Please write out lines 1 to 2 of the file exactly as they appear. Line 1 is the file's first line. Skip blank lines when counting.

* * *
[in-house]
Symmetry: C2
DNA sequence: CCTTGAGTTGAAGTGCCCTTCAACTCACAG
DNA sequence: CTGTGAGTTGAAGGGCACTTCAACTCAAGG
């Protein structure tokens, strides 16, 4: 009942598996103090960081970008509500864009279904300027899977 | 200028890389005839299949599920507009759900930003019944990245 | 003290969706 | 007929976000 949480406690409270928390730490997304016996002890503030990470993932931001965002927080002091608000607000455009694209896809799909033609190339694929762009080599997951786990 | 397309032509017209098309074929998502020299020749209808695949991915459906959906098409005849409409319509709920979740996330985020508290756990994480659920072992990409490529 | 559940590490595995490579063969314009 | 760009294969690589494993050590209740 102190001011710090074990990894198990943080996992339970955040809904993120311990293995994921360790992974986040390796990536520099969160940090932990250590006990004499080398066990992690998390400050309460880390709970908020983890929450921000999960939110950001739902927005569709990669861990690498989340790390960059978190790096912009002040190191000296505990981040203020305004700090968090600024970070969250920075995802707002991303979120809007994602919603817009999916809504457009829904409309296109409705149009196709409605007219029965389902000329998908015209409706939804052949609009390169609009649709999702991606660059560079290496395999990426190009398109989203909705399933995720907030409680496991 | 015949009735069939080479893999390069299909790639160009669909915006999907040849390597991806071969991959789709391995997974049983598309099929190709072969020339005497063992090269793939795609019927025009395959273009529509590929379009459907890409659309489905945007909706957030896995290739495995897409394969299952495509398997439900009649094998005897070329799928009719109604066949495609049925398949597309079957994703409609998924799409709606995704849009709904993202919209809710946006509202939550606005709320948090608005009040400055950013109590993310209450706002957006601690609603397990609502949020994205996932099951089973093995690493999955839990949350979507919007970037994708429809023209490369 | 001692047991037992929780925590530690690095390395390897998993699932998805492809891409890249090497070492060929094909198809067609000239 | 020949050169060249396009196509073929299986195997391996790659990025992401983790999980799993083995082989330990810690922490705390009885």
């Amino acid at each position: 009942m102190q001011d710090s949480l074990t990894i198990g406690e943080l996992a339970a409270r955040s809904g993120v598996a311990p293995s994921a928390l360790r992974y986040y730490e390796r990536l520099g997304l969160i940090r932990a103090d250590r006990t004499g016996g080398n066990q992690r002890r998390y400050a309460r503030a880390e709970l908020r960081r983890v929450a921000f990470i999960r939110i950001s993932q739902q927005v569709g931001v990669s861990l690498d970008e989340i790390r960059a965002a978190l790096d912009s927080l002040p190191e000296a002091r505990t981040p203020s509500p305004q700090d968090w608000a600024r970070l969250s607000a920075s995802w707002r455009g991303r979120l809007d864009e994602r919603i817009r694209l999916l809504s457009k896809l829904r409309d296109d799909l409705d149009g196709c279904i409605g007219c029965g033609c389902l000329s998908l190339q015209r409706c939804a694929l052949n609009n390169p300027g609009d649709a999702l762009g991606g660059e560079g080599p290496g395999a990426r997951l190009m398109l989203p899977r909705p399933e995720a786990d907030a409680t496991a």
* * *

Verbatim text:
[in-house]
Symmetry: C2